Yes, I would probably be disappointed. I think so. I’m sensitive about my work; I care about it. And I would feel that I’d failed if people felt like that. There might be people who don’t believe that we should invent stories roundabout the figure of Jesus. Now that’s not something I can answer to. I don’t feel that way, but I’m respectful of people’s different opinions, so I would respect somebody if they felt that way. But I would hope even if that was the case that they wouldn’t watch my portrayal of Jesus and feel like I’d done him a disservice. I would be upset if somebody thought that because I really felt the responsibility of playing him and I tried to live up to that responsibility every day.

Talk to me about filming the dual role of Jesus and the devil, which often required you to act opposite yourself. Did you have someone feeding you lines?
I had an actor to work with. I had Nash Edgerton, who’s been my stunt double since "Moulin Rouge!" and "Episode II" and "Episode III" of the "Star Wars" films, and many, many films we’ve worked on together. He’s also a filmmaker, he’s a director, and he’s acted with me as well in a couple of films. In "Son of a Gun," he plays our getaway driver. He was coordinating our cliff stunt, which is a quite dangerous sequence on the cliff with real actors going over the edge. It had to be very safe, and it was very safe. Because he was organizing that, I asked him to play opposite me in these scenes. So he learned and performed the scenes with me. I would be Jesus first and he would be the devil, and we would swap and then shoot the other side of the scene. Sometimes we’re looking over his shoulder, sometimes his hands. But it’s only because I was playing with somebody who was playing those scenes with me that it works as well as it does. I’ve seen it not work so well, you know, somebody acting with themselves, if you like. I did a film called "The Island" with Michael Bay, and I was playing a clone of somebody and there were scenes where the clone meets the person he’s cloned from, so I had experienced it before. But it works best like that, when you’ve got somebody that’s not just feeding you lines but actually playing the scene with you.

What's it like working on a movie shot by Emmanuel Lubezki? What's his process?
He’s an extraordinary artist, and I think the truth is I don’t know. I don’t know what his process was for "Gravity" because I wasn’t there. It’s almost, how could that man have shot this film? And this film and "The Tree of Life"? They’re so different from one another. So that’s why he’s a real artist, because he’s making the film look like the film should look, and it’s got nothing to do with the last one. What I will say is I loved watching him with Rodrigo. I don’t know how far their relationship goes back, but it's a long, long way. They were like two halves of a brain. They would disagree about some things, very rarely, but Chivo totally challenges himself. He never used any lights. Out of a 24-day shoot, he used lights for two days of it: the interior of the tent and two or three scenes at night -- he’d use a few lights. Other than that, he was using natural light.

As moviegoers, we feel like we should expect a certain artistry with Lubezki's movies. Do you find that he's different from other DP's?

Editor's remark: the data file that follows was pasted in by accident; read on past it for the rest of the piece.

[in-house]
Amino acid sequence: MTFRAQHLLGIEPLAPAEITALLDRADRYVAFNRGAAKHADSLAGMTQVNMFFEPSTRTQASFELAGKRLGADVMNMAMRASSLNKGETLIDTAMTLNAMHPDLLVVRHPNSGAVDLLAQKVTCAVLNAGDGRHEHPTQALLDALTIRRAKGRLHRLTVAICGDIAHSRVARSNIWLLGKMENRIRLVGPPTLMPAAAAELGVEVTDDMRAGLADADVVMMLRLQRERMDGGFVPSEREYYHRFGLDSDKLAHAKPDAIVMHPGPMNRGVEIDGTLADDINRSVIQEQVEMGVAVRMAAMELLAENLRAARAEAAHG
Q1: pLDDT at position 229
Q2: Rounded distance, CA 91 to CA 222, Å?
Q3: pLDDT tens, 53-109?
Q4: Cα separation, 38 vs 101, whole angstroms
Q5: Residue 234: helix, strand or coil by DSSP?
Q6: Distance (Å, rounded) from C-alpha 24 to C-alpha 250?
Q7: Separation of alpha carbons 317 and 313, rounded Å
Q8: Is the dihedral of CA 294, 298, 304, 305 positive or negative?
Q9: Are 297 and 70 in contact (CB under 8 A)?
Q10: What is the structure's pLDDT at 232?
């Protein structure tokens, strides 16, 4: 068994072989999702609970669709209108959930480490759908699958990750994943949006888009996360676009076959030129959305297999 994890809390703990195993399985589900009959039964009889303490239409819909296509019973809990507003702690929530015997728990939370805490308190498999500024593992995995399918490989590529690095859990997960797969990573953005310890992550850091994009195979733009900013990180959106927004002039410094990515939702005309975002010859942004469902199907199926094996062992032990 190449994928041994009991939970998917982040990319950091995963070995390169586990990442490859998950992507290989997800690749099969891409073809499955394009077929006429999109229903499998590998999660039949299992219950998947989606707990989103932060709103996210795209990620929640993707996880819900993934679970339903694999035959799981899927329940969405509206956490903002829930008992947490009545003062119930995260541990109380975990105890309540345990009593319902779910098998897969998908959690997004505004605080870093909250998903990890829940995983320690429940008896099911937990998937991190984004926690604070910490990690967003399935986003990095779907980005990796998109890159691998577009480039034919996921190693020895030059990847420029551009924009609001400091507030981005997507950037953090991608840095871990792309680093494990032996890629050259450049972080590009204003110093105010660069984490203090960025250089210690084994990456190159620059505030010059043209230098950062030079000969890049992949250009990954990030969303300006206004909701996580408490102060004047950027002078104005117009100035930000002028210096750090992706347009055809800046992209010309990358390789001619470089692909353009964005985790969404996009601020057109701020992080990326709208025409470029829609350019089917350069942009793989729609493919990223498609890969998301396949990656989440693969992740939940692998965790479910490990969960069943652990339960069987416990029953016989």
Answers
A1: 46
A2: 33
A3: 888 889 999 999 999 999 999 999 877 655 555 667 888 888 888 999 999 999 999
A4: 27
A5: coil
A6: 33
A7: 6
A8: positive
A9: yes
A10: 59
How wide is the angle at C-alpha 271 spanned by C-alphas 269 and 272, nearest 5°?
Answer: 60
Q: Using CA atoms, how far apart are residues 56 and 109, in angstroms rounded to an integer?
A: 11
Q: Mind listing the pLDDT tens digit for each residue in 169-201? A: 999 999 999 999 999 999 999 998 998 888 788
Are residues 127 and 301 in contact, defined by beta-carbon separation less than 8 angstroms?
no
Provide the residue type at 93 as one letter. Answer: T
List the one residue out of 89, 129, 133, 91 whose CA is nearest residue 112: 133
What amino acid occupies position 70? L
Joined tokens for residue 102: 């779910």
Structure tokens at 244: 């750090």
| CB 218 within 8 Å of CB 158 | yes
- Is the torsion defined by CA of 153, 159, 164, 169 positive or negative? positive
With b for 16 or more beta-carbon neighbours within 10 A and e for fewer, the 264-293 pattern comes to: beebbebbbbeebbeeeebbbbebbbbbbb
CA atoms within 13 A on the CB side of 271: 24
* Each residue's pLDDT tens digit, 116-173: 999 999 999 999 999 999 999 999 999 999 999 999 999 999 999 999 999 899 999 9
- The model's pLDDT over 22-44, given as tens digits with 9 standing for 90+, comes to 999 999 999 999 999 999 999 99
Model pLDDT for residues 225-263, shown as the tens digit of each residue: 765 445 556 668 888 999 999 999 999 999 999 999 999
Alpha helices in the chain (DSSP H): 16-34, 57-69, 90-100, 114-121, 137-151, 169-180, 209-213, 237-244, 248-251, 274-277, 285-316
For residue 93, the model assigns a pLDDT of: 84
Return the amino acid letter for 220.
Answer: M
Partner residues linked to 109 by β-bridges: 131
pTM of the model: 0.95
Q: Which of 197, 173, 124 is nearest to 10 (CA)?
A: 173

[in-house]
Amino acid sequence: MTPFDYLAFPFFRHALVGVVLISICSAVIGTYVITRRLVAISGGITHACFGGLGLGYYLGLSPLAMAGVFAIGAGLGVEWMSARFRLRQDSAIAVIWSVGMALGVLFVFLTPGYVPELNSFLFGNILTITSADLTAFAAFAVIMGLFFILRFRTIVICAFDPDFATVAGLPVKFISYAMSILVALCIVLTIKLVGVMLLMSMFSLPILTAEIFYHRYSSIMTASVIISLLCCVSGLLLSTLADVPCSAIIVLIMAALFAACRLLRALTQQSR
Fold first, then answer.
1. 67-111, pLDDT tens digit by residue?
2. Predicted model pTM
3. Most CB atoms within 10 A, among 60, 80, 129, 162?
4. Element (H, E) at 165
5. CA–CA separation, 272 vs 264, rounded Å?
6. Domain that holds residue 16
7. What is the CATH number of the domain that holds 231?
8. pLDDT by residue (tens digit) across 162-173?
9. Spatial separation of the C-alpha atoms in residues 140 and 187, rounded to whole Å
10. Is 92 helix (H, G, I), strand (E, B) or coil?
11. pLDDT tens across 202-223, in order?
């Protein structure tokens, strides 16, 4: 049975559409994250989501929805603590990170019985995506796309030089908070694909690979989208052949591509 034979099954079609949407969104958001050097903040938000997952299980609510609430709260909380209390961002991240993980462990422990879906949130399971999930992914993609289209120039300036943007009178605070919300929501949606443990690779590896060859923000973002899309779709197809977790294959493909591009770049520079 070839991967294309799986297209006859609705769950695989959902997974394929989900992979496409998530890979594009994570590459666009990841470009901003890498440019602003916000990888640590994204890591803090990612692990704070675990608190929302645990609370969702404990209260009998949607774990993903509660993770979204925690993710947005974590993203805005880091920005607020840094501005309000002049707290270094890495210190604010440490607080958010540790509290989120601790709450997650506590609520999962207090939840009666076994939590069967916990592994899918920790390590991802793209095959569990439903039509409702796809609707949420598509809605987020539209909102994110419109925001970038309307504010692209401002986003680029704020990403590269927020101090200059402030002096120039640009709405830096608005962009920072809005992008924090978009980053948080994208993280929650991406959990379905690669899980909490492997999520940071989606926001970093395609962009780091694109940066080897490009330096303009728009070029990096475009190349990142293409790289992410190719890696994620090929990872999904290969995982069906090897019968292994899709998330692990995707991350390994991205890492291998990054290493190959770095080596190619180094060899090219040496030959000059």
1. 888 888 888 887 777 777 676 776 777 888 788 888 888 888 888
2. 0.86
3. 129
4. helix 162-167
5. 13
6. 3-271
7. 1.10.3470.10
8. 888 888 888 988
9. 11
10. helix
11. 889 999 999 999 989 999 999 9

We never shot the two angles of a scene in the same location ever. So we would play a scene like this, they would shoot you, and then we would walk miles to find the next place to shoot me. So the two backgrounds have got nothing to do with each other usually. I’d be interested to do a film with him -- God, I’d love to work with him again on anything -- but it would be interesting to work with him where he is lighting, maybe where we’re shooting green-screen work. It would be fascinating to see that side of him because here he was using what we had. And he was using the time of day more efficiently. It’s the desert, so you have a little poetic license there, I guess. But it was very rare that we would shoot this way, turn the camera and shoot that way. We’d always be walking in between those two things.

It's really the opposite of "Gravity."
Right. He always wanted to be shooting when the sun was coming up. Those hours just after the sun came up, and sometimes depending on the cloud base, that period of time would last longer than others. Some days you had really beautiful light until 9 o’clock in the morning. Other days you had beautiful light until 11 o’clock in the morning because there was clouds. It would just depend -- and then the period of time just a couple hours before the sunset and after the sun has set, that beautiful window of light. He was sort of painting with that. He was using the sun and the time of day to make this picture. So we very rarely would be shooting stuff in the middle of the day or on either side of lunch. It was usually time for rehearsal and finding locations.

I'll close by asking about your expectations for the new "Star Wars" movie.
I have no idea!

Have you seen the trailer?
I watched it over someone’s shoulder on their iPhone. I didn’t watch it properly. I’ve got no feelings about it at all. I’m looking forward to seeing it, I suppose, as much as the next man.

Is it a relief not to have to concern yourself with how people will react to the new movies?
I never bothered about what they felt about mine anyway, so I don’t have that feeling. I’ll enjoy watching it as a filmgoer as much as anyone else, I’m sure. I’m interested to see what the storylines are. I never talked about it with George Lucas. I knew there were three other chapters, but I never asked him what they were. So I know as much about it as you do.